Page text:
Besides, another FDP of USD 1.529 billion for four satellite gas discoveries - D-2, 6, 19 and 22, was approved in 2012. The four fields can produce 10.36 mmscmd.
Both of these productions were to originally start by 2017 but unfavourable business environment and low gas prices led to the two partners pushing back the investments.
A new FDP would be presented to the regulator, DGH, for the fields.
"We have seen over the last few years, a change in policies and support has given us the confidence to make this very significant investment," Dudley said.
"We have a deep commitment to India. We see the potential of India. We see the leadrship and the confidence in leadership of the country, and the energy policies and of course, having good strong partners."
The partners will award contracts for work on the R- series fields in the KG-D6 block, lying 70 km offshore. Plans for development of the satellite and D-55 fields in the block will be submitted to the government before the end of 2017, he said.
"Together with Reliance, I want to reinforce our commitment to working with the government to support the prime minister's call of import substitution and the development of the gas-based economy," Dudley said.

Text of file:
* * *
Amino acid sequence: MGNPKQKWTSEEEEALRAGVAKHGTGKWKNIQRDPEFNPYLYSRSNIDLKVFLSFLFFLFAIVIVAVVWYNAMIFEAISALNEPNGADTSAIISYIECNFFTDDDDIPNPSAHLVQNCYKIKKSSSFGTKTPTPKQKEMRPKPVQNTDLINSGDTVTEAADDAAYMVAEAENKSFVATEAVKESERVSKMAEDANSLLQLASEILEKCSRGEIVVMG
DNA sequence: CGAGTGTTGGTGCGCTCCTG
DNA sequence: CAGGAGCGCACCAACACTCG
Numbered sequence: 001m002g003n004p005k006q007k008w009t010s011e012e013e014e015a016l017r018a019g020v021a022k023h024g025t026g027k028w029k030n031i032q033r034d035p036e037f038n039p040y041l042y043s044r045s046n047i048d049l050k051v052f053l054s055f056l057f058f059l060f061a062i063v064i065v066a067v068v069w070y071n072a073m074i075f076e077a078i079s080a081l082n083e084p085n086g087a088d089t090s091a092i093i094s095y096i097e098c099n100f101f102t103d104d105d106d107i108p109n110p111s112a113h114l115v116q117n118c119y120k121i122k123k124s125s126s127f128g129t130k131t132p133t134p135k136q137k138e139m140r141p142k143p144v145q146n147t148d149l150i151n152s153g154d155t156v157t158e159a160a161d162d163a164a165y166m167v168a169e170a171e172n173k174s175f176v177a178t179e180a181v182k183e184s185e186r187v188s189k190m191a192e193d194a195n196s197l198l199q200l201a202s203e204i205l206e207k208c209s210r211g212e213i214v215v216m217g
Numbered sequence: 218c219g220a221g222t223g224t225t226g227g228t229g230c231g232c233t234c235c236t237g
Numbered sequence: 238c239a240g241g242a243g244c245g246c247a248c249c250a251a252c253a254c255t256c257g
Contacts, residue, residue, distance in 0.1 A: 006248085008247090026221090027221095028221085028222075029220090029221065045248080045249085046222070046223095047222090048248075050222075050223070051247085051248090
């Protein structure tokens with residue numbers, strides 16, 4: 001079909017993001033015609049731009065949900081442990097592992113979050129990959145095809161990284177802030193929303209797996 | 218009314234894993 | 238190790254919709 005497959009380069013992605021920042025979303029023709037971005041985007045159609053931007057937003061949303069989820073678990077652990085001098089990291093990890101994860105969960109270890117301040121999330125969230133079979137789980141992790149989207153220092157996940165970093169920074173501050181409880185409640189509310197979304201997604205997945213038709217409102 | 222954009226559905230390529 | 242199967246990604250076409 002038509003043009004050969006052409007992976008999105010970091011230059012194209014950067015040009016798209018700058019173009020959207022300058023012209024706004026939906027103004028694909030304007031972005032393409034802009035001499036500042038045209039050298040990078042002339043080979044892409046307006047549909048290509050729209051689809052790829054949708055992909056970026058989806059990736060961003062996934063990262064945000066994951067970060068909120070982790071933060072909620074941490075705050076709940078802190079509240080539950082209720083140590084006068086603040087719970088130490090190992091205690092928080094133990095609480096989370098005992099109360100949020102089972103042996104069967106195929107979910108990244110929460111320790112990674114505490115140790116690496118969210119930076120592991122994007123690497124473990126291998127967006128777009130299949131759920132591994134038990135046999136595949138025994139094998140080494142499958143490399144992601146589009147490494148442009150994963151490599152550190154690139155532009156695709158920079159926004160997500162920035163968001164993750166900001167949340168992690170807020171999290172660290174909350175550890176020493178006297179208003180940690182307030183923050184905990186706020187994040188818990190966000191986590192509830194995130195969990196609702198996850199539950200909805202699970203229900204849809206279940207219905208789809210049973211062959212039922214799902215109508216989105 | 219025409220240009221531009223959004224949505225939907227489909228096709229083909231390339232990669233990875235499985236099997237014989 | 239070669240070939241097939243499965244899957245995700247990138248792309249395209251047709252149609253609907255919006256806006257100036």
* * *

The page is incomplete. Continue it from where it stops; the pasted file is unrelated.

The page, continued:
The project will contribute about 10 per cent of the country's projected gas demand by 2022 and can replace liquefied natural gas imports worth USD 20 billion.
"BP and Reliance are committed to being one of India's preferred energy partners now and in the future," Ambani said.
Also, they have over half a dozen discoveries in block NEC-25, off the Odisha coast. D32 discovery in the block was recently declared commercial.
However, development of the gas fields would be contigent on resolution of arbitration cases.
RIL is locked in four arbitration cases with the government. It is in arbitration against the government disallowing recovery of certain KG-D6 gas field costs as a punishment for gas output lagging targets.
Another arbitration is over deferring of a natural gas price hike due to the company from April 1, 2014. The latest arbitration is against government demanding USD 1.55 billion compensation from RIL and its partners for "unfairly" producing ONGC's gas.
(This story has not been edited by Business Standard staff and is auto-generated from a syndicated feed.)